New Sydney Metropolitan Development Authority needs more powers and a bigger canvas

23 September 2010

The Urban Taskforce said the new Sydney Metropolitan Development Authority is welcome, but its going to have to focus on a lot more than just Redfern and Granville if its going to make a difference. The Taskforces chief executive, Aaron Gadiel, said creating a Sydney Metropolitan Development Authority is a positive step, but more was required.


Just creating a new bureaucracy wont be enough to convince the industry that the NSW government is serious about getting Sydney moving again, Mr Gadiel said.


Were concerned that the Authority wont be taking over the approval powers of the Department of Planning, local councils or state government agencies such as the Roads and Traffic Authority, RailCorp or the Department of Environment, Climate Change and Water.


The Authority should be working on a much bigger canvas, with a mandate to unblock Sydneys gridlocked planning system.


A focus on just Granville town centre, Auto Alley and Redfern wont generate the surge in new compact residential development desperately needed in Sydneys inner suburbs and nor will it lead to extra housing lots in outer suburban Sydney.


Todays announcement doesnt progress plans for Silicon Valley style development in Western Sydney.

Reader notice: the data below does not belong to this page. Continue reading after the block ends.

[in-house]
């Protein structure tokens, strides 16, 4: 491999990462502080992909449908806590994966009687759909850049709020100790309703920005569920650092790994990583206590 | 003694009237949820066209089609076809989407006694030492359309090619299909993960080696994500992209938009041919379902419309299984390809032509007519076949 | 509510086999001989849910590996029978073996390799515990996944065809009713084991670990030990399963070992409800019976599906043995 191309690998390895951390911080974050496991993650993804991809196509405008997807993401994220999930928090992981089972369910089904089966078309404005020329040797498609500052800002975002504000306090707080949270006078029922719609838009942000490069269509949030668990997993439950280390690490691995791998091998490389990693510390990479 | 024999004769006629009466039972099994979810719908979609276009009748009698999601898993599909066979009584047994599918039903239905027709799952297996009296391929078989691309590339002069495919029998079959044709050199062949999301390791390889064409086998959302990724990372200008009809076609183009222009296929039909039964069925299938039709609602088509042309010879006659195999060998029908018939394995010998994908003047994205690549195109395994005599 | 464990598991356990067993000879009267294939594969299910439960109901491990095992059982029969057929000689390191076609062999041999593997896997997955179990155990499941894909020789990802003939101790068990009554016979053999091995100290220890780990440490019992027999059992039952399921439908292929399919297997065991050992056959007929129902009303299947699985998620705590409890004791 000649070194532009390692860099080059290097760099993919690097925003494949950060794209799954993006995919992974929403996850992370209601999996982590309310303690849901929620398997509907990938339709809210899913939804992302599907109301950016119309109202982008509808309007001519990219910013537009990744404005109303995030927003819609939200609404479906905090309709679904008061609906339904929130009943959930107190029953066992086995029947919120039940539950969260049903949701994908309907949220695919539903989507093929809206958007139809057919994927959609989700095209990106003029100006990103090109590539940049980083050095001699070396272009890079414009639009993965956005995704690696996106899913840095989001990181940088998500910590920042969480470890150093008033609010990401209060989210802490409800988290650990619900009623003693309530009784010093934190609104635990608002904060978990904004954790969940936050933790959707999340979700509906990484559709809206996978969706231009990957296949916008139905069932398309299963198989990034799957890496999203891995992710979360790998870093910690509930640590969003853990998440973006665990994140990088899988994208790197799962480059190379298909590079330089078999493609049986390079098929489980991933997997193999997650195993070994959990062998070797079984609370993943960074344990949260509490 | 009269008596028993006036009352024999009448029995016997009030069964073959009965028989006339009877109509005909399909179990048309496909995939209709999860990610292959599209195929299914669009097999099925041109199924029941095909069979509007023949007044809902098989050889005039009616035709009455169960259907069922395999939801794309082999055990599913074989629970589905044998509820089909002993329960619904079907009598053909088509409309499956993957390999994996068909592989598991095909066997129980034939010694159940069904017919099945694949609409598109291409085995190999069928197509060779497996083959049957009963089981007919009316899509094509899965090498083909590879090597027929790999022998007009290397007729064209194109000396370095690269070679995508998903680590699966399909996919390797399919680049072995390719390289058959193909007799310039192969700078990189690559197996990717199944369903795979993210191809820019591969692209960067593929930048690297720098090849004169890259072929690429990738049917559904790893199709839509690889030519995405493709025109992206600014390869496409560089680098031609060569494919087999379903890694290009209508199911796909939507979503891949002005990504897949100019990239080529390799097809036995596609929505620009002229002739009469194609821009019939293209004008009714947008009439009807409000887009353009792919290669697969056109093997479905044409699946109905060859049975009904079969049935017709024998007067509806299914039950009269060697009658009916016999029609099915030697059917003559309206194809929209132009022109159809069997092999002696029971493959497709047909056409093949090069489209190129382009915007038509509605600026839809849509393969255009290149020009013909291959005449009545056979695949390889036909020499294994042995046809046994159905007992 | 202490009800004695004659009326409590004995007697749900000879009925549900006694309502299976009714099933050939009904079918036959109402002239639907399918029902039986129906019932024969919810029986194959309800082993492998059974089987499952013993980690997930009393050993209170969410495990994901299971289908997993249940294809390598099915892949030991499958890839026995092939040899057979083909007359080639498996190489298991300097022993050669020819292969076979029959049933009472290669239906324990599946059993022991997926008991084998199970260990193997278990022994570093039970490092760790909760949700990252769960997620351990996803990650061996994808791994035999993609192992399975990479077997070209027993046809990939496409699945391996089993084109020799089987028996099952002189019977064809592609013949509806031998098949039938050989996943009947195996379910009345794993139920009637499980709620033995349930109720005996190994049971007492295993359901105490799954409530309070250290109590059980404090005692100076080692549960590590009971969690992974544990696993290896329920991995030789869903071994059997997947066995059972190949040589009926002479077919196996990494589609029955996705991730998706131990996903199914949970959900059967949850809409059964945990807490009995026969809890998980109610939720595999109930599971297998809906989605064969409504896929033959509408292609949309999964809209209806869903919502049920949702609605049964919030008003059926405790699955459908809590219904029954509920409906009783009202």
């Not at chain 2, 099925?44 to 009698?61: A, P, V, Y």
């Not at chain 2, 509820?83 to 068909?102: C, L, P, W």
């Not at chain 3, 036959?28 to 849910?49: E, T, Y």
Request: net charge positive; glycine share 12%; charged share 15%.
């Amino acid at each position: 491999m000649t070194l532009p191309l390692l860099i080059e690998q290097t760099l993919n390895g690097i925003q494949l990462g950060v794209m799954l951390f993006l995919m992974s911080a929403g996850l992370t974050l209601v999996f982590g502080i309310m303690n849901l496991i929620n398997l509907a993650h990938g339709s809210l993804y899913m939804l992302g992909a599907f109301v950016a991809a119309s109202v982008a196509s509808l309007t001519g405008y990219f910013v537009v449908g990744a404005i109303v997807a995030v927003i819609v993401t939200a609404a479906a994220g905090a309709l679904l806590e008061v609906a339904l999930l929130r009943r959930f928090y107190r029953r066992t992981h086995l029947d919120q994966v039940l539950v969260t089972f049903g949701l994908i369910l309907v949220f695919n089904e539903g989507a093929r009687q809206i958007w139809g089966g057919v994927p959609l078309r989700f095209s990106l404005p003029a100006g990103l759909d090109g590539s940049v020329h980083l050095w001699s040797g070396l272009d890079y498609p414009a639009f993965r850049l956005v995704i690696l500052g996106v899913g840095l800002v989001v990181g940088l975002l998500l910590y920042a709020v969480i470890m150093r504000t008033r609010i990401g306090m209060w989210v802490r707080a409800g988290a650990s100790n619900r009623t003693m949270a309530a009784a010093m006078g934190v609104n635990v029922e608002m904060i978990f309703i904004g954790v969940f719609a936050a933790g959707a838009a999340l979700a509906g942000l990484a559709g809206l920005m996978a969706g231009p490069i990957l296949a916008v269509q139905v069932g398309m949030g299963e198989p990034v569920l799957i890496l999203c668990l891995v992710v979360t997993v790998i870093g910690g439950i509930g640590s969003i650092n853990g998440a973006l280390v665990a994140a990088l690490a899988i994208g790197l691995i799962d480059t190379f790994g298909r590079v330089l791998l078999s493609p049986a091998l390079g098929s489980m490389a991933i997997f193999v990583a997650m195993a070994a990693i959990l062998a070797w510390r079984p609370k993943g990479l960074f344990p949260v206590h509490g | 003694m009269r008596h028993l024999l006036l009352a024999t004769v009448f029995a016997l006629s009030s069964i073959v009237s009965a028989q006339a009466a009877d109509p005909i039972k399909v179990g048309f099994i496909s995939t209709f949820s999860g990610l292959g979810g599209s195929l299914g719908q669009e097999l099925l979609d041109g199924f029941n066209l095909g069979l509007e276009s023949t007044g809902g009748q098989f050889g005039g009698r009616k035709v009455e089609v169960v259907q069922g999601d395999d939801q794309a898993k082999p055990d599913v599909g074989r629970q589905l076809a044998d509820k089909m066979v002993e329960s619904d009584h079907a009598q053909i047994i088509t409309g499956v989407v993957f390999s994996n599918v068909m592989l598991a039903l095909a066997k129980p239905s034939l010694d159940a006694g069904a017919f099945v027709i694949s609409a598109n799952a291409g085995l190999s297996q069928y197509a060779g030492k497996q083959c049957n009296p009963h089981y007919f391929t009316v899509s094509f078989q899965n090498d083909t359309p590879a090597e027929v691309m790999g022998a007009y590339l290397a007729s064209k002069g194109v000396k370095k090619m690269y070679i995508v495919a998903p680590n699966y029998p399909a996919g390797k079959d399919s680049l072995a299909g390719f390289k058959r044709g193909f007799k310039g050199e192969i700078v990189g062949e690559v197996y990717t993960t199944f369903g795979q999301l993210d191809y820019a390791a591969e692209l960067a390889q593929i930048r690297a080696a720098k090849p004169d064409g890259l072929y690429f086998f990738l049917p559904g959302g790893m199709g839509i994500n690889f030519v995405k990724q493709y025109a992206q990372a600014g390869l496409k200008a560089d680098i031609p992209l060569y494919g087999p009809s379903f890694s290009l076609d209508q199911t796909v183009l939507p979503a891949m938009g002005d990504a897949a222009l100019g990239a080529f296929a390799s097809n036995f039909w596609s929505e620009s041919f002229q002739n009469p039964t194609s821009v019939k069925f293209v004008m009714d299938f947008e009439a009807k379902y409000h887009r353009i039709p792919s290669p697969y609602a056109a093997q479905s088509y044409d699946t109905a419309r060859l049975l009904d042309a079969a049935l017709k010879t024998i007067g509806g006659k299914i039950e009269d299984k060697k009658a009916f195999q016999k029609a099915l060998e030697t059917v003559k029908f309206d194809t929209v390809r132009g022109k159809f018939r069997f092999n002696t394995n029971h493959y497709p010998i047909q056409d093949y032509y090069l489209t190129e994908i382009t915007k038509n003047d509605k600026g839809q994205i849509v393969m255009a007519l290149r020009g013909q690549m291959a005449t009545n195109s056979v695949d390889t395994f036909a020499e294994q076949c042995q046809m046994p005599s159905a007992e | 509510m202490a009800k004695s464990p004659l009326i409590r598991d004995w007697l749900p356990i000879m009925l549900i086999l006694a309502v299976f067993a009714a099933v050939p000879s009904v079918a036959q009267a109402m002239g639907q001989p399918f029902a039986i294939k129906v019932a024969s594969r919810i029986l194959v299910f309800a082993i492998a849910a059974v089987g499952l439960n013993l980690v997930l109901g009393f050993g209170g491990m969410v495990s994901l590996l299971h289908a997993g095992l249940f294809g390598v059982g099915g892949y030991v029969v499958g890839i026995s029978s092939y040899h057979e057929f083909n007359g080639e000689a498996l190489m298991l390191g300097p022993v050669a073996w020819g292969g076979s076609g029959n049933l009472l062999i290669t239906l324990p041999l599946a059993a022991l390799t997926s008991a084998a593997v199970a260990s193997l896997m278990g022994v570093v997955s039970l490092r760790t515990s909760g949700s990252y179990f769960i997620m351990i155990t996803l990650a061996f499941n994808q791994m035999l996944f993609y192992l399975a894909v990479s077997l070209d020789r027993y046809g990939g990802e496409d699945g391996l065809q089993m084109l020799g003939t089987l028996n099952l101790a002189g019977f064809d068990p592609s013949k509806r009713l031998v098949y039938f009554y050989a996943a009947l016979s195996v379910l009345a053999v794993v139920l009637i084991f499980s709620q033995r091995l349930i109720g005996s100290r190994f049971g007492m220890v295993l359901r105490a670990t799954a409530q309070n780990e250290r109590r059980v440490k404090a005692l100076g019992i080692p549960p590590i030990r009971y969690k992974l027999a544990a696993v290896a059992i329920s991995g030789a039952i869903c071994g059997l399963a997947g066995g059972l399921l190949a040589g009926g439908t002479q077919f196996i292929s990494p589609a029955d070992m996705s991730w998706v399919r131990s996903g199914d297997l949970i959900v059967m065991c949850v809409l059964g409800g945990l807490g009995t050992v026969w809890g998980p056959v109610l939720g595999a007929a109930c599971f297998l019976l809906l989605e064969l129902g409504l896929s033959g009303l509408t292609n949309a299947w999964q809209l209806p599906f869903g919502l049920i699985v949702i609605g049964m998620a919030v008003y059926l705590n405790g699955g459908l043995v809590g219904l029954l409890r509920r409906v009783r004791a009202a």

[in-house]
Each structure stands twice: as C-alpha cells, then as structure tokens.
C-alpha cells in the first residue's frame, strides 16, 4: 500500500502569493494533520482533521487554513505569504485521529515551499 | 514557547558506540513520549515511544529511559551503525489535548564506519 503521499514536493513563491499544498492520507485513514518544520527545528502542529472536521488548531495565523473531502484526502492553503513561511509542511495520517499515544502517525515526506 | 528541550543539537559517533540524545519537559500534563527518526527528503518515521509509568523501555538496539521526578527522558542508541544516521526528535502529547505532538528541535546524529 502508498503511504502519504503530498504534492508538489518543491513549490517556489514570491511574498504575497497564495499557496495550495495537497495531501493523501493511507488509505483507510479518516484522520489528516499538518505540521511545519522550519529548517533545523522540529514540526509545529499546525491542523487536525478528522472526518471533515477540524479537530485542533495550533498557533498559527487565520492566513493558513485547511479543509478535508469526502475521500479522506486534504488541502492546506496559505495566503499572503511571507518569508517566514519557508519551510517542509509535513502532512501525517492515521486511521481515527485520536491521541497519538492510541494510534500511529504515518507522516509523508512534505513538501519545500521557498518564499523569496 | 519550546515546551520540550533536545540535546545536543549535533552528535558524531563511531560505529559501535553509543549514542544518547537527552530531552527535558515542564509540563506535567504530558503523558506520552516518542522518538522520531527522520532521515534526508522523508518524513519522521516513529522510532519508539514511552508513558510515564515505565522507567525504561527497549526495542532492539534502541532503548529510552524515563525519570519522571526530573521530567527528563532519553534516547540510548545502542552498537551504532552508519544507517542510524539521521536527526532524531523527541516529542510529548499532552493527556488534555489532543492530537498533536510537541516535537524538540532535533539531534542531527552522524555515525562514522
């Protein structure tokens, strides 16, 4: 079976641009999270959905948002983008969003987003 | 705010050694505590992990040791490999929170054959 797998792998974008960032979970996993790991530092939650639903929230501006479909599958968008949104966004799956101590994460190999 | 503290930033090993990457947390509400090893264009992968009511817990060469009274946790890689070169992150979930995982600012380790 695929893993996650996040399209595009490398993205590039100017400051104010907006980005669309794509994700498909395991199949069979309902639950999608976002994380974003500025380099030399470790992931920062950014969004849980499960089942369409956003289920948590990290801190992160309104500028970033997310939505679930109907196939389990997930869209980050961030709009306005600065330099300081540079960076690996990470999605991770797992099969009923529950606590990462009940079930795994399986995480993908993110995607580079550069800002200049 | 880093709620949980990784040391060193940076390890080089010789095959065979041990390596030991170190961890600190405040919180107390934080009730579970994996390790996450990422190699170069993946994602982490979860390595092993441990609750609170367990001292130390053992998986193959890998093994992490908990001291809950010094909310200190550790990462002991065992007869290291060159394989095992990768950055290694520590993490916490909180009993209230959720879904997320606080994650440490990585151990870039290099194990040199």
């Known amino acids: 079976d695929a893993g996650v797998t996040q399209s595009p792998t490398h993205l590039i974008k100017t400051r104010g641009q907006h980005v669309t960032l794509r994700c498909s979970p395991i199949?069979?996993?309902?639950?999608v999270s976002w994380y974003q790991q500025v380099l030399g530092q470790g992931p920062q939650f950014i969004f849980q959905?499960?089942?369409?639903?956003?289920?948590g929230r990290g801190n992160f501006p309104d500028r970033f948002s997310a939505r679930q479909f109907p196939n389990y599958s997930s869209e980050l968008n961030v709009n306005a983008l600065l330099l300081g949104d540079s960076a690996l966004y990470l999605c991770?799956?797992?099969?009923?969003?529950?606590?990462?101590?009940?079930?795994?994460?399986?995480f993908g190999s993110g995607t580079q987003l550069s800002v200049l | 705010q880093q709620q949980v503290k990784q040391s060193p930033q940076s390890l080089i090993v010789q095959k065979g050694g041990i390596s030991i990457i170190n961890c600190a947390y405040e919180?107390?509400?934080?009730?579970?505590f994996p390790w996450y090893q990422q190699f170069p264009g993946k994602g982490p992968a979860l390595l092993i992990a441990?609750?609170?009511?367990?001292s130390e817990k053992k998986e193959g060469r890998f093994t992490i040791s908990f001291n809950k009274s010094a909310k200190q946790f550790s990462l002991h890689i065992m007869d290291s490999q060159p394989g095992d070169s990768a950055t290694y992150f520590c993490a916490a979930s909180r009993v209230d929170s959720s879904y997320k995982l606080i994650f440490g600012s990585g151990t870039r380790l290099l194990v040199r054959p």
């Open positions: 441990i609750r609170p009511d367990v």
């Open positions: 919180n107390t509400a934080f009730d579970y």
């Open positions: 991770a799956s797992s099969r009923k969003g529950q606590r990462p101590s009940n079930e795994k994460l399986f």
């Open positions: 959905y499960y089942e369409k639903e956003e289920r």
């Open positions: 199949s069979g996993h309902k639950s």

Mr Gadiel said no Australian capital city approves less new homes per head of population than Sydney.


“In the last financial year, just 43 new homes were approved for each group of 10,000 residents in Sydney, compared with 106 homes in Perth, 103 homes in Melbourne and 77 homes in Brisbane, Mr Gadiel said.


“In raw numbers, Melbourne home approvals are soaring, while the number of homes approved in Sydney is almost the same as Brisbane and Perth, despite their smaller population bases.


“Even for apartments and townhouses an area in which Sydney used to shine Melbourne is outdoing Sydney. “In 2009/10, 15,000 higher density homes were approved in Melbourne, compared to 11,000 in Sydney.


“The number of detached houses approved in Sydney (8,000) is just a third of Melbourne’s figure, near to half of Perth’s amount and just under Brisbane’s number.


The housing undersupply is the main reason why rents in the inner suburbs of Sydney have been increasing at nine times the rate of inflation.


Rents for three bedroom homes in outer suburban Sydney have increased by 30 per cent in the last three years.


The Urban Taskforce is a property development industry group, representing Australias most prominent property developers and equity financiers.

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